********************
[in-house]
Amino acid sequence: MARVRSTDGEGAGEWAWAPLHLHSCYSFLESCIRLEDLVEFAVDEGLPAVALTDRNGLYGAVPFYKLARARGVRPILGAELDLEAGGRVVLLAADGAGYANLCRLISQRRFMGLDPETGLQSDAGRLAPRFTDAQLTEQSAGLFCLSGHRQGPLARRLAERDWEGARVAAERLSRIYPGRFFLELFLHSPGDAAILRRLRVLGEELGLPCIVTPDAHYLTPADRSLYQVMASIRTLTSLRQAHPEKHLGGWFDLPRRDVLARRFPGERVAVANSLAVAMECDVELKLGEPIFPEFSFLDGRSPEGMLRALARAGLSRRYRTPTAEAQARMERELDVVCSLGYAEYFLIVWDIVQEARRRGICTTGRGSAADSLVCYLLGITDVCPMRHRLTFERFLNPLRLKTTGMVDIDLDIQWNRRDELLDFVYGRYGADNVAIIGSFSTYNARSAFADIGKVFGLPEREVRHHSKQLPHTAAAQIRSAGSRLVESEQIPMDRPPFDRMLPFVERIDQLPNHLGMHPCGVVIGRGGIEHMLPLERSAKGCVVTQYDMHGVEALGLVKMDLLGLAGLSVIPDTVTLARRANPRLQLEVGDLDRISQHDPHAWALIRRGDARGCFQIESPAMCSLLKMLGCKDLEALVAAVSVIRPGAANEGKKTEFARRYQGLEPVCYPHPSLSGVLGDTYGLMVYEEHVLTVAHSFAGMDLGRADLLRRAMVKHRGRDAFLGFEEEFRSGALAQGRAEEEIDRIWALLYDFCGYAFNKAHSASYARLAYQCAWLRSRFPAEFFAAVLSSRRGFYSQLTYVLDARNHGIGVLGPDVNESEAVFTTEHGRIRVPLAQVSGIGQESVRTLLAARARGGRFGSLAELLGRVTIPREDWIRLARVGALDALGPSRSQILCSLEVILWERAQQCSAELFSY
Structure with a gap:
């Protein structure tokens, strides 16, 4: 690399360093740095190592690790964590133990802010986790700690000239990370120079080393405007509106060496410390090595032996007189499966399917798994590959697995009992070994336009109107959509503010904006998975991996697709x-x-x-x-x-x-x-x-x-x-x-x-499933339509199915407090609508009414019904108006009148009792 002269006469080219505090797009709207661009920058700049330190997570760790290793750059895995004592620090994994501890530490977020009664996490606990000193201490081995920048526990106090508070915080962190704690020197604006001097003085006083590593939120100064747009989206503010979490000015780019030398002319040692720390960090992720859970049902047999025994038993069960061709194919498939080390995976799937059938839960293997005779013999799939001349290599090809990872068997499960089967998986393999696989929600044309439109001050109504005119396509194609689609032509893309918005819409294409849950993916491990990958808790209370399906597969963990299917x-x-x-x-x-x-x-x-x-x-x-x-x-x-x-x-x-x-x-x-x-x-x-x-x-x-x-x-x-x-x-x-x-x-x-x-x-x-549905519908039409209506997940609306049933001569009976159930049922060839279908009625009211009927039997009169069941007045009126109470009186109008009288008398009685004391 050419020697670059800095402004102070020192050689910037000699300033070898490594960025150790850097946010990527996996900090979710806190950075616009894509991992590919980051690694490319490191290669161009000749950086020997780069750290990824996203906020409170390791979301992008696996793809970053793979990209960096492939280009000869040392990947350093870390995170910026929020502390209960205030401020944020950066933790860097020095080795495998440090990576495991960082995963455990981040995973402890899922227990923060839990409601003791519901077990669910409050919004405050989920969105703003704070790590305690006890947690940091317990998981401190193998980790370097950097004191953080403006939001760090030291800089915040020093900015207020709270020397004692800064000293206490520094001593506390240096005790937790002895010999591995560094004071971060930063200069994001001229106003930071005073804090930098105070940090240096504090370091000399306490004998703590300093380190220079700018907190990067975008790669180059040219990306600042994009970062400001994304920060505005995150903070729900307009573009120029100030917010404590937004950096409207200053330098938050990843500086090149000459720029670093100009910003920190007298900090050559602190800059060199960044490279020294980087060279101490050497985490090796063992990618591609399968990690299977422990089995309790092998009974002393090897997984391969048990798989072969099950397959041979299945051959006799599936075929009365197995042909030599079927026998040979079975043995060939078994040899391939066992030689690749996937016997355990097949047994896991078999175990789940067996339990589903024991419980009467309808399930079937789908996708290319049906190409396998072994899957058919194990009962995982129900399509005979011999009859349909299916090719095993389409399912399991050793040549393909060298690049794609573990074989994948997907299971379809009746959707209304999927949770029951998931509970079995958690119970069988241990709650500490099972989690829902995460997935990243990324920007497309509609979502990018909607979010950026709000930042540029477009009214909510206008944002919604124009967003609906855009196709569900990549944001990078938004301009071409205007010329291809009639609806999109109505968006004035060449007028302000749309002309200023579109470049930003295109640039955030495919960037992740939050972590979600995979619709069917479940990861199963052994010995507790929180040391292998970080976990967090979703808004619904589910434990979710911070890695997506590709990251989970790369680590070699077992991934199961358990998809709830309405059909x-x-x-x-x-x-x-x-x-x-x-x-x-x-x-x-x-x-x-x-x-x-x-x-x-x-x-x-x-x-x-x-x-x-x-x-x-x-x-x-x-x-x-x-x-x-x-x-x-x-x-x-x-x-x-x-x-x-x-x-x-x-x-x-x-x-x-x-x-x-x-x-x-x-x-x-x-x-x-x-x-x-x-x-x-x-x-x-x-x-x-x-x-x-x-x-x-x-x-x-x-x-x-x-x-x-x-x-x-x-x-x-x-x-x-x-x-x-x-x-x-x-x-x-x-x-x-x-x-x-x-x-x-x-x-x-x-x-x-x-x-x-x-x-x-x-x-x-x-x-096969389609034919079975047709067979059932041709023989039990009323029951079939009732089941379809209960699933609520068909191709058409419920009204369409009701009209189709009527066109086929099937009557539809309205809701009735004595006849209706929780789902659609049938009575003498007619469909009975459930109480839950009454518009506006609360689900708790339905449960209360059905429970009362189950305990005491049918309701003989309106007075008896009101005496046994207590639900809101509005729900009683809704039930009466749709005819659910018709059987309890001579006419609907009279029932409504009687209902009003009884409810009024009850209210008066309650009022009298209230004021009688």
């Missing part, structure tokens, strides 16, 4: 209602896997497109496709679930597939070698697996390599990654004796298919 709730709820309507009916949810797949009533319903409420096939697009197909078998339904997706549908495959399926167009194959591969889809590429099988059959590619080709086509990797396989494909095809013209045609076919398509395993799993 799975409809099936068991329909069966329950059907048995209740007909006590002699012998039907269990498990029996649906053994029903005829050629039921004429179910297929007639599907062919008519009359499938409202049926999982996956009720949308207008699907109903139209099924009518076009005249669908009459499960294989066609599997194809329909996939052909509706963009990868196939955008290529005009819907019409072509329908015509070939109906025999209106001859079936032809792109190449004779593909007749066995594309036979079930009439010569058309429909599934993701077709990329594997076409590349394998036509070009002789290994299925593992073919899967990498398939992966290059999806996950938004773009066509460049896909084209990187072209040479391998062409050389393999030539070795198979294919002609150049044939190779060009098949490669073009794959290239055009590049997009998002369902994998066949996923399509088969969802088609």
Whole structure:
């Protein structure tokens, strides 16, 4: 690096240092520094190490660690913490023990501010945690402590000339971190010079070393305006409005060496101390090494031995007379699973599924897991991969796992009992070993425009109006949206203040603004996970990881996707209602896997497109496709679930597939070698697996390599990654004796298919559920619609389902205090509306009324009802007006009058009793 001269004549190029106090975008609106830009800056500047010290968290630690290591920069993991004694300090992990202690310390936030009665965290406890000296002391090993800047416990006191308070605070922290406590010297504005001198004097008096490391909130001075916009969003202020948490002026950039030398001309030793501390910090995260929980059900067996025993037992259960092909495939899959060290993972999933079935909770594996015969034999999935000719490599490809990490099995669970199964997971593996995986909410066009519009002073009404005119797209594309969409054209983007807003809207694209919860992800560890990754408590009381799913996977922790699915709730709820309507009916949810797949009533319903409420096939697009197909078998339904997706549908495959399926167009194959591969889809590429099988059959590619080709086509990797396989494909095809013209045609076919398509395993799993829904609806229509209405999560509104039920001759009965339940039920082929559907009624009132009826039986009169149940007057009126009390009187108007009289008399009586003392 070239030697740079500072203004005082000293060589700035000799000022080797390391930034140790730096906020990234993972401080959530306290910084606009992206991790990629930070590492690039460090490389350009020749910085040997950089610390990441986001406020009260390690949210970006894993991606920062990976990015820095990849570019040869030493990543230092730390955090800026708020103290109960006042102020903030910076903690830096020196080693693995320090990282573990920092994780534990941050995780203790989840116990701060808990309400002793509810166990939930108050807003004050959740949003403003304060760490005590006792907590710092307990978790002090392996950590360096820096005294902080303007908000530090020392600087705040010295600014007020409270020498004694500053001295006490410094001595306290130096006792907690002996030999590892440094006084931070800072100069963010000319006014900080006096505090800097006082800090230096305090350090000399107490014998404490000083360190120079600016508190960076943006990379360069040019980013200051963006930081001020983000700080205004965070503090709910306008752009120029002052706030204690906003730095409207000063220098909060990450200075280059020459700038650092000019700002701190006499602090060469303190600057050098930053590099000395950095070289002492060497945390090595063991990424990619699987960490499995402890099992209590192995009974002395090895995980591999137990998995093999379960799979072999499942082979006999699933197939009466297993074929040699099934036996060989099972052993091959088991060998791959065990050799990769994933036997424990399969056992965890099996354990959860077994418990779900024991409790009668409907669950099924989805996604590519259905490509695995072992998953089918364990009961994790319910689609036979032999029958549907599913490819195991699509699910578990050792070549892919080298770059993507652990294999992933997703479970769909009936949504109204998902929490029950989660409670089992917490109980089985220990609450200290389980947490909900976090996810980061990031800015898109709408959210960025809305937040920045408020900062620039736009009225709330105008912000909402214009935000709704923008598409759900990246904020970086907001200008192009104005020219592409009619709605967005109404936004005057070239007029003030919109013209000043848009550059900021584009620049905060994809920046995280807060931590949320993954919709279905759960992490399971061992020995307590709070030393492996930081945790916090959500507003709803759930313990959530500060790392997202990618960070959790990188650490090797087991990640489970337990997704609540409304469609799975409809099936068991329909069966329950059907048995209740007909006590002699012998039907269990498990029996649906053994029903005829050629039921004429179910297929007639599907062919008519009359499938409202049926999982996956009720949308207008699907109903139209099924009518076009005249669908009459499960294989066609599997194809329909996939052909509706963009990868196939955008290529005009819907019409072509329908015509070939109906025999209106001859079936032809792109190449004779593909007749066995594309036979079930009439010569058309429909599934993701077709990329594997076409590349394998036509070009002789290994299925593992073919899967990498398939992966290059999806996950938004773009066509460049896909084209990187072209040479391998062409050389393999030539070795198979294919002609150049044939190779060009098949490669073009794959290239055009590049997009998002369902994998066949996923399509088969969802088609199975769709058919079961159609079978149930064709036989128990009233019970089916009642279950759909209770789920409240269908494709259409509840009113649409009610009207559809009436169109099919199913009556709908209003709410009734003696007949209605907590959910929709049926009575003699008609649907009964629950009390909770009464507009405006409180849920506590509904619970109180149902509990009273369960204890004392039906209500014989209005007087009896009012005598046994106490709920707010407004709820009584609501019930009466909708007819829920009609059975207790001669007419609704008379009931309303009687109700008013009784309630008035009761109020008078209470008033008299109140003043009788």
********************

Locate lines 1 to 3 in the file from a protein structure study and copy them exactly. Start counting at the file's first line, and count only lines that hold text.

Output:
[in-house]
Amino acid sequence: MARVRSTDGEGAGEWAWAPLHLHSCYSFLESCIRLEDLVEFAVDEGLPAVALTDRNGLYGAVPFYKLARARGVRPILGAELDLEAGGRVVLLAADGAGYANLCRLISQRRFMGLDPETGLQSDAGRLAPRFTDAQLTEQSAGLFCLSGHRQGPLARRLAERDWEGARVAAERLSRIYPGRFFLELFLHSPGDAAILRRLRVLGEELGLPCIVTPDAHYLTPADRSLYQVMASIRTLTSLRQAHPEKHLGGWFDLPRRDVLARRFPGERVAVANSLAVAMECDVELKLGEPIFPEFSFLDGRSPEGMLRALARAGLSRRYRTPTAEAQARMERELDVVCSLGYAEYFLIVWDIVQEARRRGICTTGRGSAADSLVCYLLGITDVCPMRHRLTFERFLNPLRLKTTGMVDIDLDIQWNRRDELLDFVYGRYGADNVAIIGSFSTYNARSAFADIGKVFGLPEREVRHHSKQLPHTAAAQIRSAGSRLVESEQIPMDRPPFDRMLPFVERIDQLPNHLGMHPCGVVIGRGGIEHMLPLERSAKGCVVTQYDMHGVEALGLVKMDLLGLAGLSVIPDTVTLARRANPRLQLEVGDLDRISQHDPHAWALIRRGDARGCFQIESPAMCSLLKMLGCKDLEALVAAVSVIRPGAANEGKKTEFARRYQGLEPVCYPHPSLSGVLGDTYGLMVYEEHVLTVAHSFAGMDLGRADLLRRAMVKHRGRDAFLGFEEEFRSGALAQGRAEEEIDRIWALLYDFCGYAFNKAHSASYARLAYQCAWLRSRFPAEFFAAVLSSRRGFYSQLTYVLDARNHGIGVLGPDVNESEAVFTTEHGRIRVPLAQVSGIGQESVRTLLAARARGGRFGSLAELLGRVTIPREDWIRLARVGALDALGPSRSQILCSLEVILWERAQQCSAELFSY
Structure with a gap: